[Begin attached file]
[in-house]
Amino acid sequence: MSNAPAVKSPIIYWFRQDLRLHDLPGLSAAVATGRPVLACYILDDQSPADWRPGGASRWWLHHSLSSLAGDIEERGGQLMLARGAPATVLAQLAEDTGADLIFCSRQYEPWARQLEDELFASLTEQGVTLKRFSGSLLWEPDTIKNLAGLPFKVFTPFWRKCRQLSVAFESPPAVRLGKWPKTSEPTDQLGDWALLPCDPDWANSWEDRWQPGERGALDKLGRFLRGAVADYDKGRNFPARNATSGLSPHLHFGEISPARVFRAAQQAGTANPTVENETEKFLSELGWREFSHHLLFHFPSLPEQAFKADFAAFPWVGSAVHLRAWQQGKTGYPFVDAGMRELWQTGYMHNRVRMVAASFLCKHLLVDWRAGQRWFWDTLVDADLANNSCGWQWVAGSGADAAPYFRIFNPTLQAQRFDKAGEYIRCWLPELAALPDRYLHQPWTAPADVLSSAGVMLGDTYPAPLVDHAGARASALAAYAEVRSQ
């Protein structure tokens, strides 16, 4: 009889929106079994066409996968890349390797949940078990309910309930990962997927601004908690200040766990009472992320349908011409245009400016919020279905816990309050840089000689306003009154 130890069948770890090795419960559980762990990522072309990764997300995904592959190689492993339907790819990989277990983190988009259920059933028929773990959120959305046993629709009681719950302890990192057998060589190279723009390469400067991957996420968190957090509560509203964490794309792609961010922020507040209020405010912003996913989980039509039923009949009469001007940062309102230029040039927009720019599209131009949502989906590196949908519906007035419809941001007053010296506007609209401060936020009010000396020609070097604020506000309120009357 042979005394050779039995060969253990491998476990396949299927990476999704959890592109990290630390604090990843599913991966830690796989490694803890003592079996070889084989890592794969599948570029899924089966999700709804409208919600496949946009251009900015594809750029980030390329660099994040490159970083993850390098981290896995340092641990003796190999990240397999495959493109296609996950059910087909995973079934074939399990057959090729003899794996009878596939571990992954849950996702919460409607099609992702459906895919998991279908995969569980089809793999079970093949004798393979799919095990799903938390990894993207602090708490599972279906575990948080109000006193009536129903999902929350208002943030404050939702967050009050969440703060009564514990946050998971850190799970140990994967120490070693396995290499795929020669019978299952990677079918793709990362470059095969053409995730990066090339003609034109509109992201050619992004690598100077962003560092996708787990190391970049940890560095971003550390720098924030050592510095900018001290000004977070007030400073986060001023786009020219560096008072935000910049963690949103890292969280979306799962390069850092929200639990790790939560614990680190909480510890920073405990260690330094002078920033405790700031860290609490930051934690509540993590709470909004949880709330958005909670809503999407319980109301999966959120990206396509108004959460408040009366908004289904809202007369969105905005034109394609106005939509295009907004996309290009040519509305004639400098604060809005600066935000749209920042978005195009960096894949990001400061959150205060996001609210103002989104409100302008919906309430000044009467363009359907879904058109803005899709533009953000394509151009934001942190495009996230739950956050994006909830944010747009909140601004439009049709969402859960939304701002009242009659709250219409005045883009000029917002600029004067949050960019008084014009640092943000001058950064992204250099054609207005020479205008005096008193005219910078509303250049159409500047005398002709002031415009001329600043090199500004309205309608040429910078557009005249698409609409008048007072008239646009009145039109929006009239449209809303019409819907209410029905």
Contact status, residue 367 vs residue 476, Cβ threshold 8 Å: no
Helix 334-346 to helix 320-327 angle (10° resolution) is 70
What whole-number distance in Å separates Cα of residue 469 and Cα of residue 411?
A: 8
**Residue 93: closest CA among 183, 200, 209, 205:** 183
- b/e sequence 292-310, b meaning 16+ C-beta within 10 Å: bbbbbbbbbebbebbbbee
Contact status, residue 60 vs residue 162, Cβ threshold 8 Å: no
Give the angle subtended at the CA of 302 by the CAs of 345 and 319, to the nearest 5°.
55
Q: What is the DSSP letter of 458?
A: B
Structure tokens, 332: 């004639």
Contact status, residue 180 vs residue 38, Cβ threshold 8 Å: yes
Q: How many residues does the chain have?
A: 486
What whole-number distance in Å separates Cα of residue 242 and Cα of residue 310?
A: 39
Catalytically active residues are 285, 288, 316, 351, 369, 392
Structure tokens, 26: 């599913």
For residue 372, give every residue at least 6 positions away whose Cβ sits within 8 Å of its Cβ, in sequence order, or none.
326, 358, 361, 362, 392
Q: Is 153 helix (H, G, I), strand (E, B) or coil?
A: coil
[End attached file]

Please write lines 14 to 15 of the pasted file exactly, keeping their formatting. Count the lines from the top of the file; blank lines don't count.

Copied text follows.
A: B
Structure tokens, 332: 């004639």